How to Navigate Career Questions During Family Gatherings

December 16, 2019 The Washington Center

How to Navigate Career Questions During Family Gatherings

Here's how to prepare for tough questions about your major, career path and future plans before you head to your next party or family gathering.

The holiday season is known for many things – gift-giving, feasting, relaxing and, of course, navigating awkward conversations about your future with friends and relatives. One of these things is not like the others.

Answering questions about your career plans is probably not how you want to be spending the holidays, but it’s almost an inevitability. Whether you’re a liberal arts student, pursuing an unusual career path, or just have particularly nosy family and friends, you’re no stranger to fielding lots of questions every time you’re in a room full of people. While we can’t stop the questions from coming, we can help you plan for them and give you one less thing to worry about. 

Here are some ways to prepare for tough questions about your major, career path and future plans before you head to your next party or family gathering.

Do Your Research

Your major isn’t tied to your career, but some people still think of certain majors as having fewer career prospects than others. If you’re any kind of liberal arts major, you’re likely no stranger to the “what kind of career can you have with your major?” questions. 

This can be a major confidence suck, so prep some talking points to defend your choice. The fact is, no matter what anyone says, there are people who had the same major as you who are happy and successful. Check your school’s career center or department website to see examples of what kinds of careers people with your major have gone into and what they’re doing now.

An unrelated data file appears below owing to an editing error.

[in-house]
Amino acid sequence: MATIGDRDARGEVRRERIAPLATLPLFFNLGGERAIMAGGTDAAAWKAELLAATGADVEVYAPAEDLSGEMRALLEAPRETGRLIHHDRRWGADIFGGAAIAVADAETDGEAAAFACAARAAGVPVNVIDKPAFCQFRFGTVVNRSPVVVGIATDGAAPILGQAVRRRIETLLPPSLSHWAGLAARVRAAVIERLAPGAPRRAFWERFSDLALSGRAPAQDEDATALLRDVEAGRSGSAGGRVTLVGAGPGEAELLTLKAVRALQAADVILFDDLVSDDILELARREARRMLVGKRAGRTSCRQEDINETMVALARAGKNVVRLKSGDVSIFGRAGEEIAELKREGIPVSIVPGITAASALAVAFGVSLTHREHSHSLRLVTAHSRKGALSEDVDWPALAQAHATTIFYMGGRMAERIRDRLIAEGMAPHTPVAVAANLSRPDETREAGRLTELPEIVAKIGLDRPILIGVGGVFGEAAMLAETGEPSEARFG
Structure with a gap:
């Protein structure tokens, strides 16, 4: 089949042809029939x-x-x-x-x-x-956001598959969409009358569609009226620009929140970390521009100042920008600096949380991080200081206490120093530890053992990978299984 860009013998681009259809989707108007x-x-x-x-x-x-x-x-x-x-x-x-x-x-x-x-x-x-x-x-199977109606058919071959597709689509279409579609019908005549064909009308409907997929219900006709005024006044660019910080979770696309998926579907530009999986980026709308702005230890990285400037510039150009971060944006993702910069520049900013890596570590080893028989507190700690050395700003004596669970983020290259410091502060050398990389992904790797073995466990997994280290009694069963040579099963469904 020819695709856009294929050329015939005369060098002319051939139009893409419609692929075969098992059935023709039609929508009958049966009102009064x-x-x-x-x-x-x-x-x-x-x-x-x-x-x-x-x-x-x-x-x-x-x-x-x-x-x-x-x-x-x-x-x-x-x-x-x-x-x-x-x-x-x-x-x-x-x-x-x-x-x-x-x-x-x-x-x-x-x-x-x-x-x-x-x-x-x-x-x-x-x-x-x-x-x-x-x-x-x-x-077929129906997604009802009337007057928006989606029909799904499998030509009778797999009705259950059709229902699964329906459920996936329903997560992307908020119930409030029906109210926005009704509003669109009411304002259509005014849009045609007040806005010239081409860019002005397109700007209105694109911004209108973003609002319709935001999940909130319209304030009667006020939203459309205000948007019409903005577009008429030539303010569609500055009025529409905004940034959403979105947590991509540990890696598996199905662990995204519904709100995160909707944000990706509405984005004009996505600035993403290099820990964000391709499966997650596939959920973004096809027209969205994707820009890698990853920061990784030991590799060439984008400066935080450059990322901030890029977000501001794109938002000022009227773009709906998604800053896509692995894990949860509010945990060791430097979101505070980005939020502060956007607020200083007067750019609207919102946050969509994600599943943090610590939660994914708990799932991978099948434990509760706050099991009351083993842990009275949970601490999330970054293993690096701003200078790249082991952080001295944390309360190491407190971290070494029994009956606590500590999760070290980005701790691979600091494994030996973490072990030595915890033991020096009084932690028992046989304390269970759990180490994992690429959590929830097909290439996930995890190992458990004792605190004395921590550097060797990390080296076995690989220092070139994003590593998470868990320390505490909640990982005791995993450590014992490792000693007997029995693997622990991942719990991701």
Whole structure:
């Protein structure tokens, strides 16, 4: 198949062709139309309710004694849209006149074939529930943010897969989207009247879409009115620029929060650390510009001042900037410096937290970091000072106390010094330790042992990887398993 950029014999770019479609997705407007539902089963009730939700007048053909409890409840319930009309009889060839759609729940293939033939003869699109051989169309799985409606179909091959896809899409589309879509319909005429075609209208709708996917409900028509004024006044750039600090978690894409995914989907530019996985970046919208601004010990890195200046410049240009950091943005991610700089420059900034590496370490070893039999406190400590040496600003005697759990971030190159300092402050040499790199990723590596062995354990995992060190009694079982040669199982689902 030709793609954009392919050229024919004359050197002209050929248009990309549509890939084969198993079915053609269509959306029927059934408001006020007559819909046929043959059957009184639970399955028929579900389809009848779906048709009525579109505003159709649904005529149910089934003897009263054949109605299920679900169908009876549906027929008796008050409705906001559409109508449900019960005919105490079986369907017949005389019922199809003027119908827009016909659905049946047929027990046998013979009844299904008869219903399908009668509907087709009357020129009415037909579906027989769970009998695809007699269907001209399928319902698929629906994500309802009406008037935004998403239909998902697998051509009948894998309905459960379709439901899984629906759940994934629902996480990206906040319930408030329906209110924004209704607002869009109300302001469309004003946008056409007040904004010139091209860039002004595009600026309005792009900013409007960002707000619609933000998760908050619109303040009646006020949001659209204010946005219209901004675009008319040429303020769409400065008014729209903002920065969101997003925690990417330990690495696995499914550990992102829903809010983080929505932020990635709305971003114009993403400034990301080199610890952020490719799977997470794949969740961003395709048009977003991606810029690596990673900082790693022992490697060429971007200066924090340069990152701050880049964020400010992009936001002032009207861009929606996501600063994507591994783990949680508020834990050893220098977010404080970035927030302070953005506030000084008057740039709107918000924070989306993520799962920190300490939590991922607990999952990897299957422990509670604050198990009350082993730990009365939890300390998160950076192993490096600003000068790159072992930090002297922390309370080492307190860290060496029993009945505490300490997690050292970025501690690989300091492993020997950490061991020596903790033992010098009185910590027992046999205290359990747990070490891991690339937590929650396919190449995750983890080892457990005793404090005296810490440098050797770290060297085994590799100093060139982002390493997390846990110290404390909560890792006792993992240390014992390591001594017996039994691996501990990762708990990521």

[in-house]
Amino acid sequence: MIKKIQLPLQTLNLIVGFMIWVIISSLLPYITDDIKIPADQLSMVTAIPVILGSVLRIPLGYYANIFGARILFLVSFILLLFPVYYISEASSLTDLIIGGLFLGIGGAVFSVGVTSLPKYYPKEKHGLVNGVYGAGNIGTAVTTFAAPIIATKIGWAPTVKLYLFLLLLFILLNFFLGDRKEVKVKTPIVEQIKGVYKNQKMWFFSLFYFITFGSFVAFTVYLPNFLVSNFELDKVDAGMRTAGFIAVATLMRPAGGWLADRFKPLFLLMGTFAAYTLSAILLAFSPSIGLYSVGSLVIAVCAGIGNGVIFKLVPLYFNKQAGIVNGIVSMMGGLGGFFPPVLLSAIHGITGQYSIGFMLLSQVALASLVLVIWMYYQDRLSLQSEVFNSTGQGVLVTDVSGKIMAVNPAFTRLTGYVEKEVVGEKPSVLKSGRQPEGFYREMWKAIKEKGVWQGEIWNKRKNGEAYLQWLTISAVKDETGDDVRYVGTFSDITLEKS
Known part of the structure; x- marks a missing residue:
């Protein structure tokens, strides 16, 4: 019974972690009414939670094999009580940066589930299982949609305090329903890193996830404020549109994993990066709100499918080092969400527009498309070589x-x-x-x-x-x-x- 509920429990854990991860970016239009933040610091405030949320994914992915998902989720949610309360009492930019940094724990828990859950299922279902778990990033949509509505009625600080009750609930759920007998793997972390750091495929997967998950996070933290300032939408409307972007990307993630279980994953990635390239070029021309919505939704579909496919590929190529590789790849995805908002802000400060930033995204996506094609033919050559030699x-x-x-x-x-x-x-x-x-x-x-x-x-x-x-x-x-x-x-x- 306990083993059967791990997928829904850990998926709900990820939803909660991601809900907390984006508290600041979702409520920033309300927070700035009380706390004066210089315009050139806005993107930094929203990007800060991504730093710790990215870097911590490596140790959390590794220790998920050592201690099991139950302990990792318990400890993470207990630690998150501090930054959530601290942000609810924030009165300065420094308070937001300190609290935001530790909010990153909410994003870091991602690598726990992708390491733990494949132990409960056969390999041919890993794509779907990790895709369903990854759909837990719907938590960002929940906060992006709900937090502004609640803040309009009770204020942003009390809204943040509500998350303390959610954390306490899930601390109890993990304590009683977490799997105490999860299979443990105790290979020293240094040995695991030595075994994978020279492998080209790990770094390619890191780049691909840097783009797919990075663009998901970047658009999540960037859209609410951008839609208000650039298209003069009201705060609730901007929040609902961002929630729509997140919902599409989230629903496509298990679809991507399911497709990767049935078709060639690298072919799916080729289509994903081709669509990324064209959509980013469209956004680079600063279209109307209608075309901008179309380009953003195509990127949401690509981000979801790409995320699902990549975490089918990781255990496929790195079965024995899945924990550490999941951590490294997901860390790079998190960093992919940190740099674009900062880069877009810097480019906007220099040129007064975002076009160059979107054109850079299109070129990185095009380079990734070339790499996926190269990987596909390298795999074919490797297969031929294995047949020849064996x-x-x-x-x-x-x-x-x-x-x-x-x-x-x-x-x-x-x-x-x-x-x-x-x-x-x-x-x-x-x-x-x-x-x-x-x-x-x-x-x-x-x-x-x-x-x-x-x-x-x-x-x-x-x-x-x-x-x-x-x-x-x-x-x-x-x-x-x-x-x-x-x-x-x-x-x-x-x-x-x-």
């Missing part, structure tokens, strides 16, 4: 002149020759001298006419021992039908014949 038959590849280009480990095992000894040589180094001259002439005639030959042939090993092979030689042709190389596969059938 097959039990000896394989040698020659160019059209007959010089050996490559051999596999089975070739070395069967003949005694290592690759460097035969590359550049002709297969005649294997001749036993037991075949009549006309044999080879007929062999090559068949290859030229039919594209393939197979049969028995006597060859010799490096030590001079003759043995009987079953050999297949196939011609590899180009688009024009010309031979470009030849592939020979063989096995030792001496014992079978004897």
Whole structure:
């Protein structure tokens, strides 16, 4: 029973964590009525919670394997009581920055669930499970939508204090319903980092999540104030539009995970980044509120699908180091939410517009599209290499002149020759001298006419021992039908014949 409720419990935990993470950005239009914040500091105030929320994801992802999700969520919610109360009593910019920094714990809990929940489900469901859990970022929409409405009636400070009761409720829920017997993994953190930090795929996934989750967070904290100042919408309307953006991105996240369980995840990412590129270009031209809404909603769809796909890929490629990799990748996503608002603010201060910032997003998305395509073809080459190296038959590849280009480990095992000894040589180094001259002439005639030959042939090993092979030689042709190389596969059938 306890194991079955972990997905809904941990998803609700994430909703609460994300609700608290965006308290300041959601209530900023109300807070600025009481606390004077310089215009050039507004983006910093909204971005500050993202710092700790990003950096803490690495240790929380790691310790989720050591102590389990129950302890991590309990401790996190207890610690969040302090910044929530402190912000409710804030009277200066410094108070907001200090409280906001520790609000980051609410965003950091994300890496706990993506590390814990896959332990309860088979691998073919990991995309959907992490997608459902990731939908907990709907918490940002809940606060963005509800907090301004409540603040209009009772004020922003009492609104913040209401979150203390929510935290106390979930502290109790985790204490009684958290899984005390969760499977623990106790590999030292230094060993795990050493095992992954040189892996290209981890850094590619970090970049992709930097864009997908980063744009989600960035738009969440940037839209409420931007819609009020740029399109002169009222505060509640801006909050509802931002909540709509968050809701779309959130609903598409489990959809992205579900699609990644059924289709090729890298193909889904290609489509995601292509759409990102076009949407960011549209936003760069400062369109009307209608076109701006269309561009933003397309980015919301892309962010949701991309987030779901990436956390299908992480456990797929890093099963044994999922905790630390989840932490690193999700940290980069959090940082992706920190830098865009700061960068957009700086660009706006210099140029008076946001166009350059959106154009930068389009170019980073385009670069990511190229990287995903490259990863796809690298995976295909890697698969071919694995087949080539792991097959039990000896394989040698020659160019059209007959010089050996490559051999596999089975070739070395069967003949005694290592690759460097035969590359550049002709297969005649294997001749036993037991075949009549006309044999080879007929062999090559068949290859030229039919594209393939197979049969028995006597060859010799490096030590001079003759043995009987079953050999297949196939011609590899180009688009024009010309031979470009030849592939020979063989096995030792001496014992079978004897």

It’s also helpful to think of your major in terms of the skills it teaches. Often, the things you learn in your major can apply to a wide variety of careers. 

So, ask yourself these two questions: 

  • What am I good at?
  • What career does that apply to?

For example, a history major might put their skill with research towards a job with a marketing firm. A psychology major might use their people skills towards a career in advising. An English major might put their writing ability to use crafting web content about navigating awkward holiday conversations.

Boast and Brag!

“What’s new?” is a favorite catch-all question that can be really hard to answer when you’re a college student. It’s easy to just write it off and say “eh, not much,” which we all know often just leads to more awkward questions. Now is not the time to be humble. Show up prepared to brag a little.

Talking about your success is a huge confidence booster and allows you to take control of the conversation. The future may not be certain, but what is certain is that you are chock full of skills, talents and accomplishments.

Make a list of things you’ve achieved in the past semester and some valuable skills you’ve developed. After all, it’s often these things, not your major or school, that lead to job offers.